If you do the "Heat & Hold" method like I do, you can "tame the foam" by preparing an ice bath ahead of time. The batch starts out watery (foamy) but thickens as it cools and the foam is less likely to form

1. Heat water phase 10 minutes to 170°F (77°C), hold for 20 minutes.
2. Heat oil phase 2 minutes to 170°F (77°C). Gently stir. Cover and hold.
3. Combine. Keep stick blender near the bottom and blend.
4. Stop blending briefly. Place bowl into a cold water bath in sink. SB until thickened, incorporated and cooled. (about 2-3 minutes.)
5. Check weight*. Add more water if necessary.
6. Place back into the cold water bath and mix to 95°-100°F (35°-38°C) this should take no more than 1-3 minutes more. Remove the pot from the water and place on the counter.
7. Add preservative and mix well. Add fragrance now or later. Let set until completely cool. Cover lightly with paper towel.
8. Pour into Ziploc. Snip corner to dispense into containers.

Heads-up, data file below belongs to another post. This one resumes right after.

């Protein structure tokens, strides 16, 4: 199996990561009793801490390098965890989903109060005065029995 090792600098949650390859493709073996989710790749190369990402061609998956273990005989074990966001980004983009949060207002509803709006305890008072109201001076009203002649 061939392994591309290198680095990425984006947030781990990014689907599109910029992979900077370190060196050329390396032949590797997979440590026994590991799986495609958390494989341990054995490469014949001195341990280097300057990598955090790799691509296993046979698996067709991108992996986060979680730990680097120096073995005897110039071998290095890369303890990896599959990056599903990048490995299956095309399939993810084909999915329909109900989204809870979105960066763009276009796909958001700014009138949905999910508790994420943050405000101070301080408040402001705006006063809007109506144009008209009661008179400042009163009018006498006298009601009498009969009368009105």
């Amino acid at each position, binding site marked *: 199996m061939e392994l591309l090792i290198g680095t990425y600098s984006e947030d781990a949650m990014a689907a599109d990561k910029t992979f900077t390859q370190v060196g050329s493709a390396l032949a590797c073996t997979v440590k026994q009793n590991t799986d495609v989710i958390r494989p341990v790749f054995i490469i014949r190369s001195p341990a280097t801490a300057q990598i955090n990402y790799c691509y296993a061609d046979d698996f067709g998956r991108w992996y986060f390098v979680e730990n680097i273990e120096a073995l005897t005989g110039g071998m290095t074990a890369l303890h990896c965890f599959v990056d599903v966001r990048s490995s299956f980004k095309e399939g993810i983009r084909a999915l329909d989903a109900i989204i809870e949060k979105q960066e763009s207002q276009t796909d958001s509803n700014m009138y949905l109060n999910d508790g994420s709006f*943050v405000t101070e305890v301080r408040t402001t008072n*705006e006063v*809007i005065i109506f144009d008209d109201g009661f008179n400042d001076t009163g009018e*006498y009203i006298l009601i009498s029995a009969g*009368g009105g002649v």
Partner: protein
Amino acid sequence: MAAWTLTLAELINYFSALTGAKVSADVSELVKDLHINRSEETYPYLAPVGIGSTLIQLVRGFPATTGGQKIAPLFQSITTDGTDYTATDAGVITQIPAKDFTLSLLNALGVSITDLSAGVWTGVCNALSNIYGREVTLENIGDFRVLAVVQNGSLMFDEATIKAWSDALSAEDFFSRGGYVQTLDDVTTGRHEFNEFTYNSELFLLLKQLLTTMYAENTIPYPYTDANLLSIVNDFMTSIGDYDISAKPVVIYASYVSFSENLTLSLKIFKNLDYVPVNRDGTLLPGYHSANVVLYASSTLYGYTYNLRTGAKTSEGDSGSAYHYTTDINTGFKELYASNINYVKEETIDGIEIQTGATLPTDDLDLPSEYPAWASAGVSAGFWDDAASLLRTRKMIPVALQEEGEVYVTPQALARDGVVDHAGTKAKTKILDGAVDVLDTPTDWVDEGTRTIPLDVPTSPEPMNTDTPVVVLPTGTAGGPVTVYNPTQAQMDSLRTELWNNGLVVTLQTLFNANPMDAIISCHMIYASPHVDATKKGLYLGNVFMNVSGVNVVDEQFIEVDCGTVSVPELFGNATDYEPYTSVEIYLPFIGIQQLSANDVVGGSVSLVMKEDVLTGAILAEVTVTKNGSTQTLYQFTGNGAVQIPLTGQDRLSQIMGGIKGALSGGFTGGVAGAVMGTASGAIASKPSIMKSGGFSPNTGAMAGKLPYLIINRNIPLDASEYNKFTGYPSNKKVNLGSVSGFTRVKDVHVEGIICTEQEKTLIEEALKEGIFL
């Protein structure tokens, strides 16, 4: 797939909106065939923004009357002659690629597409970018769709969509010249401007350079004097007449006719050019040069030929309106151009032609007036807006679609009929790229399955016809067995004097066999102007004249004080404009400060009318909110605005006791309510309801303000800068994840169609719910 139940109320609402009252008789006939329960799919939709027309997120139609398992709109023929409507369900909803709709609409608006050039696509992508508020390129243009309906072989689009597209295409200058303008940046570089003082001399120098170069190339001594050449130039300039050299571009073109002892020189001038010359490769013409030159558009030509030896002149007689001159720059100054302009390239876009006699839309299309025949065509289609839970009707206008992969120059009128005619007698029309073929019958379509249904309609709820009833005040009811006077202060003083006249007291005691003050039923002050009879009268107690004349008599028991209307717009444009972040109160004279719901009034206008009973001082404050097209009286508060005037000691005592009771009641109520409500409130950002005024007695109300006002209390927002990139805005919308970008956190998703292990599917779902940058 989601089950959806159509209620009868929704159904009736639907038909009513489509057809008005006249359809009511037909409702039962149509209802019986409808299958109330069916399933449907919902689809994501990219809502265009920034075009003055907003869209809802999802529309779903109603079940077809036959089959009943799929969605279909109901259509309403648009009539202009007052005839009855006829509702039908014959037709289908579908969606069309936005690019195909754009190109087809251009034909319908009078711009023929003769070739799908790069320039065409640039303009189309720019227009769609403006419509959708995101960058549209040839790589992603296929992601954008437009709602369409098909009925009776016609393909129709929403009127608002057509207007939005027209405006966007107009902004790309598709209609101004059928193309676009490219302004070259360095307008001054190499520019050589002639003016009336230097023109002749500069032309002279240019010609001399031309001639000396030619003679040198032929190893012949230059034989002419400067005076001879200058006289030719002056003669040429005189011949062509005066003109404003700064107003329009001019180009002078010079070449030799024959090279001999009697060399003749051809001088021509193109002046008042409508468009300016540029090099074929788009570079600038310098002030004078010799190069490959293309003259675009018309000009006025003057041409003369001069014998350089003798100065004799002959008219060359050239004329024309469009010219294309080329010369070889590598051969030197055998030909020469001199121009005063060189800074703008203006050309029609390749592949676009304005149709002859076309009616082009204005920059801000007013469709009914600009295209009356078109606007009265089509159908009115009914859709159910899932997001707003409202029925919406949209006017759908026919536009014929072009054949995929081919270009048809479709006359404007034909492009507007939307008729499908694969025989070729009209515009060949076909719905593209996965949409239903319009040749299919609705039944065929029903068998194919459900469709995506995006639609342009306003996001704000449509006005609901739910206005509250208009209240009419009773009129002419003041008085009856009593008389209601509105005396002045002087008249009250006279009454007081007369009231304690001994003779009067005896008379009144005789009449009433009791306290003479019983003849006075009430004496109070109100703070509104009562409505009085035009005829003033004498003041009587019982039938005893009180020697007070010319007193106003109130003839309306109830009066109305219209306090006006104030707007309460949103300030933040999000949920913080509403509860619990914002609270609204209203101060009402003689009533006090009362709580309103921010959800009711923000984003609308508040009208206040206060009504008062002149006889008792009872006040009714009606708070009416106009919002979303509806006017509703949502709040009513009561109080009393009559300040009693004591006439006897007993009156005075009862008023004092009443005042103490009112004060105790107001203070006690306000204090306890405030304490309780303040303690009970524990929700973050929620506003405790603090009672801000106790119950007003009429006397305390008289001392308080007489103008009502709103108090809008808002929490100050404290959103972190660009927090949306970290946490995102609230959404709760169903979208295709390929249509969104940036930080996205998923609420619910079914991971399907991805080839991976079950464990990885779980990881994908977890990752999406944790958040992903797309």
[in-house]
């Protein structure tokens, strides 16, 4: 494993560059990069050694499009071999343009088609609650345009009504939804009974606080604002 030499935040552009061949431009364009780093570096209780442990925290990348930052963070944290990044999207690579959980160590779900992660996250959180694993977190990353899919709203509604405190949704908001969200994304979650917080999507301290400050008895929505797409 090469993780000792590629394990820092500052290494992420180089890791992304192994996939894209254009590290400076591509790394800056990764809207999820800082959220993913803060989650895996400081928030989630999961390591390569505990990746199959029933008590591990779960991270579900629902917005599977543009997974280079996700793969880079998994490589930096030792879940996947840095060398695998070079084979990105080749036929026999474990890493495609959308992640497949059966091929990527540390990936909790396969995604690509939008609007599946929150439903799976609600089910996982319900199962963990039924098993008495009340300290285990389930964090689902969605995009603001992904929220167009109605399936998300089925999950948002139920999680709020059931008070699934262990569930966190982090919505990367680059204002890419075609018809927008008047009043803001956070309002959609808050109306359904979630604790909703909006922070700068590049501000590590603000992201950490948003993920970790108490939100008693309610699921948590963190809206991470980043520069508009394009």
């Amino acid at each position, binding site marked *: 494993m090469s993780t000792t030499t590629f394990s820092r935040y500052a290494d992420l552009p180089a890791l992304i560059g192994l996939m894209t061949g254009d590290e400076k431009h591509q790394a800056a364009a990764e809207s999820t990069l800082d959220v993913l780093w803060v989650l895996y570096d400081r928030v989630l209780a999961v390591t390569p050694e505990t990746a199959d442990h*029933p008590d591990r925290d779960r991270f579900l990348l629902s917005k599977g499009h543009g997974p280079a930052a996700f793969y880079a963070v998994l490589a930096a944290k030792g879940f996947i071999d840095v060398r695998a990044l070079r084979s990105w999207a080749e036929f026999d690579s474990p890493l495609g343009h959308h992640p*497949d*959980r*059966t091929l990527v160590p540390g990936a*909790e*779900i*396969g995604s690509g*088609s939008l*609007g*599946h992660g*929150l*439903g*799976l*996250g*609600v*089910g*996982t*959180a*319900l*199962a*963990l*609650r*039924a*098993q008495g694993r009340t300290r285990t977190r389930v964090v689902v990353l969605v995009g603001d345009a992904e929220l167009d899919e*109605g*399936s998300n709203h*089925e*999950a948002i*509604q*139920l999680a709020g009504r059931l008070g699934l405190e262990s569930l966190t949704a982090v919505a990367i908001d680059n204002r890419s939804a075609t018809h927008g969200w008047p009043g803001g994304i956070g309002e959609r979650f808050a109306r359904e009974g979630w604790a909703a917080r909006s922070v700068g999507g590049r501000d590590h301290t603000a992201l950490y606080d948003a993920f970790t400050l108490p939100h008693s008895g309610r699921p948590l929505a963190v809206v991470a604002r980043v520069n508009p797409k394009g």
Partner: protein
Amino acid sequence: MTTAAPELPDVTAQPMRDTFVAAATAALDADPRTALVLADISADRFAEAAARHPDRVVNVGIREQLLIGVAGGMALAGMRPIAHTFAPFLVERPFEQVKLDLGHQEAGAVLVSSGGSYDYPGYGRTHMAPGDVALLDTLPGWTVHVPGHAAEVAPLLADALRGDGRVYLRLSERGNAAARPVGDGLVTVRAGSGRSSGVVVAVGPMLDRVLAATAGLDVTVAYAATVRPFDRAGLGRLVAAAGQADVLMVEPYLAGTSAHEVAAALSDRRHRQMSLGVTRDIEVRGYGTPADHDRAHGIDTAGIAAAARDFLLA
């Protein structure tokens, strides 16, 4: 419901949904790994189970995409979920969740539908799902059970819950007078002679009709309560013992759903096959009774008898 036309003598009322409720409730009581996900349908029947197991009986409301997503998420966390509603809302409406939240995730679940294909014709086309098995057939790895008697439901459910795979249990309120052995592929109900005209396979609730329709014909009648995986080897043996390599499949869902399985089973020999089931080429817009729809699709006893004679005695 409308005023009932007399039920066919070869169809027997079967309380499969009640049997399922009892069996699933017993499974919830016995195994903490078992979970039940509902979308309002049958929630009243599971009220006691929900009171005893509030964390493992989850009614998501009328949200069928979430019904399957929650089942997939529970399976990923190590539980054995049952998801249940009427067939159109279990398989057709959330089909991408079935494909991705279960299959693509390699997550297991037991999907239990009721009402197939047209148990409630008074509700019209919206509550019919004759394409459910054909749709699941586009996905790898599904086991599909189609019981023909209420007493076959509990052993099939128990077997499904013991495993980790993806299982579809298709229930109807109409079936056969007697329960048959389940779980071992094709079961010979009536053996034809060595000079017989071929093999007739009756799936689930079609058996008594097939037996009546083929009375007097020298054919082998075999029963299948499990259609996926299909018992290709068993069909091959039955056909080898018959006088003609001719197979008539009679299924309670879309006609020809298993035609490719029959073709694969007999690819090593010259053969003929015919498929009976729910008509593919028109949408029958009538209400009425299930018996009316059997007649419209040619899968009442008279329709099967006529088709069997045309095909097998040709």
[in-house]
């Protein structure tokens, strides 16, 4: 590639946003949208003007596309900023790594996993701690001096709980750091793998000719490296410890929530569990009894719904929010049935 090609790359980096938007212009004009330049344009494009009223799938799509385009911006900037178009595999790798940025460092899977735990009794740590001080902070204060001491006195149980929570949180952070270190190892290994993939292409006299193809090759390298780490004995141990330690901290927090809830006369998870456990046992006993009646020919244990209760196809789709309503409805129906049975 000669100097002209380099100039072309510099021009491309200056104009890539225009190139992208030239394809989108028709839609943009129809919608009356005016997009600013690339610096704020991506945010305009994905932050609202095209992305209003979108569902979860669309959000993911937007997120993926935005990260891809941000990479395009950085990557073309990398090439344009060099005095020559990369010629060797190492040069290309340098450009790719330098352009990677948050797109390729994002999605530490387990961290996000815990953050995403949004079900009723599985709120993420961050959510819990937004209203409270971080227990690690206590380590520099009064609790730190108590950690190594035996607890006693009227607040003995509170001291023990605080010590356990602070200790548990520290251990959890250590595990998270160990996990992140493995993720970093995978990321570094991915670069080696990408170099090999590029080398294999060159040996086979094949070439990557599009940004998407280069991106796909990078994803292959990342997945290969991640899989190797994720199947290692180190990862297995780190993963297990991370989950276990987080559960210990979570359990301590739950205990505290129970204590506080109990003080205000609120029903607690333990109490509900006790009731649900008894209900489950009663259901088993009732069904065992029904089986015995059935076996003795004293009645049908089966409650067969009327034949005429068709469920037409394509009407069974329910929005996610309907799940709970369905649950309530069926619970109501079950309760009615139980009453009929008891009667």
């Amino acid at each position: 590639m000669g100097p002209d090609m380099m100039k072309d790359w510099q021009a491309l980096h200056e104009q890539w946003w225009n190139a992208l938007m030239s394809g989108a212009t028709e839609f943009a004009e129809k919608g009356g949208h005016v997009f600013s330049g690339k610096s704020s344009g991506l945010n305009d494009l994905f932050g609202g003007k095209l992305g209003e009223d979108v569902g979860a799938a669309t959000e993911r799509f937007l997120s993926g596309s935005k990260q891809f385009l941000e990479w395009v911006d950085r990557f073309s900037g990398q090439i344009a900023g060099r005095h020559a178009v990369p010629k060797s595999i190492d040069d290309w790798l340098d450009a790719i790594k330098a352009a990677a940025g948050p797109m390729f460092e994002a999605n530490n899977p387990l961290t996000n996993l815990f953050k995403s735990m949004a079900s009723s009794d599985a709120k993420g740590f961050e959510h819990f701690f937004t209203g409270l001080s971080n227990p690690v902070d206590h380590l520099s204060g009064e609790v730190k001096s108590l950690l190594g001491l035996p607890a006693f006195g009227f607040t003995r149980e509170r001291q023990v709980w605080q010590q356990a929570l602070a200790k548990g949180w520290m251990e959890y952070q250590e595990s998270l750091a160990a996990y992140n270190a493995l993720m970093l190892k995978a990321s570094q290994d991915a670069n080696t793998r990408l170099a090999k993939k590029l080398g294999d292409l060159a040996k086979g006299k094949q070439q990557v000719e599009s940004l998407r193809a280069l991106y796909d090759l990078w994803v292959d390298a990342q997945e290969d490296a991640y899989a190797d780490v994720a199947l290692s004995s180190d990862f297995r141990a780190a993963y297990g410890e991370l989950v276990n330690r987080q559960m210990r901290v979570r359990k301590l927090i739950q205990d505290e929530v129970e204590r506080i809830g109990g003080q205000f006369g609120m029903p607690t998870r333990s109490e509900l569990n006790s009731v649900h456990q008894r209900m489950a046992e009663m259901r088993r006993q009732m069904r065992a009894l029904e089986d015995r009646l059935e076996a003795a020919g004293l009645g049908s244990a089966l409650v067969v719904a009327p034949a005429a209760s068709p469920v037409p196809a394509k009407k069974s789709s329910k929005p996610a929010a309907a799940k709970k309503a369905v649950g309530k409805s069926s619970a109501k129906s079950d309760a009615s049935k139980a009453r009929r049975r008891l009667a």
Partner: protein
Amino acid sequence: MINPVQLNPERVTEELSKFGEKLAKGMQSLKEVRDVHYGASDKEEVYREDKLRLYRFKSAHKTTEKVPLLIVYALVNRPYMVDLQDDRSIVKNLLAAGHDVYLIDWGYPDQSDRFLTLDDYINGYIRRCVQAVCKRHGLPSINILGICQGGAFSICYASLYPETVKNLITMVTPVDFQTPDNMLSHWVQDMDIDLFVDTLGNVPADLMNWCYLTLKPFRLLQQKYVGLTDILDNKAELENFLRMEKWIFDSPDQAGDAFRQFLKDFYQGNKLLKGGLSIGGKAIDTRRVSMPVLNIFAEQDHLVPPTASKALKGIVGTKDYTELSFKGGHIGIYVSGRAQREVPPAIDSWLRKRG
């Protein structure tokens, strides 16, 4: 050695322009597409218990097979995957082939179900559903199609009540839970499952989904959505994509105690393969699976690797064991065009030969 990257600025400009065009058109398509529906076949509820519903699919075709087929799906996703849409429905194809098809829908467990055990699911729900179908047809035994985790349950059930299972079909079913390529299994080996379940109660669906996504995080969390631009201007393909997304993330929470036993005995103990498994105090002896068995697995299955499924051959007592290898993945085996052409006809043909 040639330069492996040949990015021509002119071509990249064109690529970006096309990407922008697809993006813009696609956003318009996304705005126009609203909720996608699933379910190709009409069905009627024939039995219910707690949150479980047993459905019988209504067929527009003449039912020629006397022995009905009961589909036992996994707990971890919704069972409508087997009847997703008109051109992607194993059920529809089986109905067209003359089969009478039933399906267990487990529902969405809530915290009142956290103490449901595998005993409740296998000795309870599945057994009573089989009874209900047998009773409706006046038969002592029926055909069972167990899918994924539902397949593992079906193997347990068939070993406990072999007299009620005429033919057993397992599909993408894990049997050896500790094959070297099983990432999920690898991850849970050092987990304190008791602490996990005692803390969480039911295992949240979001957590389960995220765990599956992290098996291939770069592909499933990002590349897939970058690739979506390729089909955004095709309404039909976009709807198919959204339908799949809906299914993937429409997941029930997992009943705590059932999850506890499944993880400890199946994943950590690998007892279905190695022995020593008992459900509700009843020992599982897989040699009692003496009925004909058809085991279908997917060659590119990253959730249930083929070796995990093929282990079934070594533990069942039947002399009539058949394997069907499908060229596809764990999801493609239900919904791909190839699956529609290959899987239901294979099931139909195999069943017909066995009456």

* Weigh bowl ahead of time.
 
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Honey is a bug food and very hard to preserve. When homemaker or artesian, for lack of a better word, is making lotions is much better to keep them very simple without a lot of additives, since we do not usually have the knowledge or access to a full testing lab setup. Many additives such as proteins and sugars lend to bacteria and mold growth in lotions which we are not equipped to test for the long term. Sending each batch and tweak out for challenge testing becomes very expensive. Although you might preserve your lotion which is not an option not all preservatives work under all circumstances which is why it is best to keep your lotions simple, using as little bug food as possible.